After a long battle with Indian government over tax disputes, Nokia finds it better to just quit and walk away. The company has announced today that it is shutting down its Chennai-based factory on November 1st, 2014. The factory shutdown will leave thousands of workers unemployed.
Nokia has faced several tax disputes over the plant from the Indian Government. Last year, the Delhi High Court imposed a whopping sum of Rs. 2,100 crore fine on Nokia — against which the phone manufacturer pleaded to the Supreme Court of India, only to lose the appeal. In addition, the Tamil Nadu government fined Nokia 24 billion rupees when it found the company was illegally selling the factory’s handsets to Indian consumers.
Earlier this morning, Nokia India said that it will be suspending the all the production at the Chennai plant. “In absence of further orders from Microsoft, Nokia will suspend handset production at the Sriperumbudur facility from 1st November,” it said in a statement.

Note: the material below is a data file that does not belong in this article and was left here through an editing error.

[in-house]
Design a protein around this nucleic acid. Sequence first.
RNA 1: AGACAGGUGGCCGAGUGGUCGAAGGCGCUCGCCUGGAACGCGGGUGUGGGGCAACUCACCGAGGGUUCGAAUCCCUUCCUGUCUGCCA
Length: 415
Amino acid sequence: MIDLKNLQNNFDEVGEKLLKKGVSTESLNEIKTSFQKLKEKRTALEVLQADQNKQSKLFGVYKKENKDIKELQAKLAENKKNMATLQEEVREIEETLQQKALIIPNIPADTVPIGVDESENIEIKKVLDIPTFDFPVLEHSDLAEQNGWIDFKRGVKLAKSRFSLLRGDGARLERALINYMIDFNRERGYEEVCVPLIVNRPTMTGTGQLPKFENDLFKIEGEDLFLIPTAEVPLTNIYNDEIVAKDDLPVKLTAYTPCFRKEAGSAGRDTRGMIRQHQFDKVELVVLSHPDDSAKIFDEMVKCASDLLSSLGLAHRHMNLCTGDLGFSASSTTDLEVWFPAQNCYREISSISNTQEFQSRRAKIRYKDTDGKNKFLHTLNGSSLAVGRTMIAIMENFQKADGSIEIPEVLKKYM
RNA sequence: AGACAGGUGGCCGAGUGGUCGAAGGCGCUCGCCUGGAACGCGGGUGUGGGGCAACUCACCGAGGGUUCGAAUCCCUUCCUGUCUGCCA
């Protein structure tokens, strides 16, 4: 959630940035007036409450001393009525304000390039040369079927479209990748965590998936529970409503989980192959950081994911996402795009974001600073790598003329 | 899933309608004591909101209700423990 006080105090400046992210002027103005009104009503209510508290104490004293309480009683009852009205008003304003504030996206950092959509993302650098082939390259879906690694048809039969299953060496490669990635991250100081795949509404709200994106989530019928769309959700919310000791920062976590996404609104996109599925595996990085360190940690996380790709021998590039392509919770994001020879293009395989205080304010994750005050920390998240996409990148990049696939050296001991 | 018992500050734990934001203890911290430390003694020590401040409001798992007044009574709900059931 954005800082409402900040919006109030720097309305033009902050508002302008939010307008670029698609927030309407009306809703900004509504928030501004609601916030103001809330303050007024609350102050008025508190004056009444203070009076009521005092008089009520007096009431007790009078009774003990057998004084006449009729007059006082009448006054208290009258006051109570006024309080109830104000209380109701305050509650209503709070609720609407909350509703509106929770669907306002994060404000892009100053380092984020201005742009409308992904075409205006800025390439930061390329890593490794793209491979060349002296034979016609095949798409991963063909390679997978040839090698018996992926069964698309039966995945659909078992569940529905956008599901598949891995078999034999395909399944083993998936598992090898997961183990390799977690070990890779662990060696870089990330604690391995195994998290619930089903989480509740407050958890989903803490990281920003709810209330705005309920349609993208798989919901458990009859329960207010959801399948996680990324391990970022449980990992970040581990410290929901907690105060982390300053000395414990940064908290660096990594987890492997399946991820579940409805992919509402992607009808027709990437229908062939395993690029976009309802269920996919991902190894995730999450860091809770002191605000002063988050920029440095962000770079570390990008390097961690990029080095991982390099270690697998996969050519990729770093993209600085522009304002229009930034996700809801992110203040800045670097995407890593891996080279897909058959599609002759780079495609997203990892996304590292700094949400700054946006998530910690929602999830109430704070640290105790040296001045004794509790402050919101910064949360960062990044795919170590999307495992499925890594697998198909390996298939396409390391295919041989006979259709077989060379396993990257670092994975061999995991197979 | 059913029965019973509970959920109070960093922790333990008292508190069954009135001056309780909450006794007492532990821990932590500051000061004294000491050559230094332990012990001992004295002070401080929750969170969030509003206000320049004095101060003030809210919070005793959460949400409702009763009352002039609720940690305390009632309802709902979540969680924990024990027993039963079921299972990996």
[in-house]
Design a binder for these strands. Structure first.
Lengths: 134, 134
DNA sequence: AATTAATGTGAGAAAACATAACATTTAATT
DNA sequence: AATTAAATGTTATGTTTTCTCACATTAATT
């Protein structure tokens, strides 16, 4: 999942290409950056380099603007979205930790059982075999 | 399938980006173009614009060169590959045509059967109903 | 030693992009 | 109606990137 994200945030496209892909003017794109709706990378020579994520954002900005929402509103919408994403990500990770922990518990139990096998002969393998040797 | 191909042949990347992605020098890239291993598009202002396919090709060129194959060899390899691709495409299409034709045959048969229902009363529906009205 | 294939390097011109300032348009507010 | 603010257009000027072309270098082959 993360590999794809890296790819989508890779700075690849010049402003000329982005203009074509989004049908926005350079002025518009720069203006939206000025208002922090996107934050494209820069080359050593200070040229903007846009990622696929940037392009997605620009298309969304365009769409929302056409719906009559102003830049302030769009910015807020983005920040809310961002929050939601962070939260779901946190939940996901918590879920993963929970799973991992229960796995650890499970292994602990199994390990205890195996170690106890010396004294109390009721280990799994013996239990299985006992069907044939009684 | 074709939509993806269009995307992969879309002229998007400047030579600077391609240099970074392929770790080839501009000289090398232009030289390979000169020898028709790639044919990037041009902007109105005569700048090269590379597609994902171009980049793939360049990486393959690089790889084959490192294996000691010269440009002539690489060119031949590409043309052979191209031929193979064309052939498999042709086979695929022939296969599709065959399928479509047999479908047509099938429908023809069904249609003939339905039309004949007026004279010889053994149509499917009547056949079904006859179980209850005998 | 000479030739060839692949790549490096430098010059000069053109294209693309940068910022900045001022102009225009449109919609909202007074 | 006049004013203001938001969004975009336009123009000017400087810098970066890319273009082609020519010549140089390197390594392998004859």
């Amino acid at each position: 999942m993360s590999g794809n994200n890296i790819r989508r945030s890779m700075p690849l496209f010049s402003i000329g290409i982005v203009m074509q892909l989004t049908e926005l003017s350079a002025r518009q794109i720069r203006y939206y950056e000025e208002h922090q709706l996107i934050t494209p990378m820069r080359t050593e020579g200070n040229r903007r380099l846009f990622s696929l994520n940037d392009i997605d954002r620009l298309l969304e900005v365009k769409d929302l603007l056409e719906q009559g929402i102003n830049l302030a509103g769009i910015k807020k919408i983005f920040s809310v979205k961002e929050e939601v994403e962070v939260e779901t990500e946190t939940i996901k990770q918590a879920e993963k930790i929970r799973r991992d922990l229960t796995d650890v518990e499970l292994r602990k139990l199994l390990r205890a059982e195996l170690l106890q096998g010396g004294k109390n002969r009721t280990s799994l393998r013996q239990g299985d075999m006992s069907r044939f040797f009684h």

Because of the tax disputes, the factory didn’t become part of Microsoft’s $7.2 billion deal which closed in April. Though, Nokia did resume the operations at the factory on a contractual basis for Microsoft.
Last year, when the income tax department froze the factory, the company slowly started to look at its other Asian-located factories for the production, and move its equipment there. The entire fiasco also resulted in thousands of people losing jobs and being forced to leave the factory. However, Nokia did provide these employees with reasonable compensation under VRS scheme. The factory employees untill the very end opposed the layoffs and pleaded to Nokia, Microsoft, and Indian government to resolve the issue.
Nokia says that it is still trying to minimize the impact on its existing employees. “As a responsible employer, Nokia is currently evaluating options to minimize the impact on existing employees at the manufacturing facility. It will share further information once details have been finalized,” the company added.Further reading: Chennai, India, Microsoft, Nokia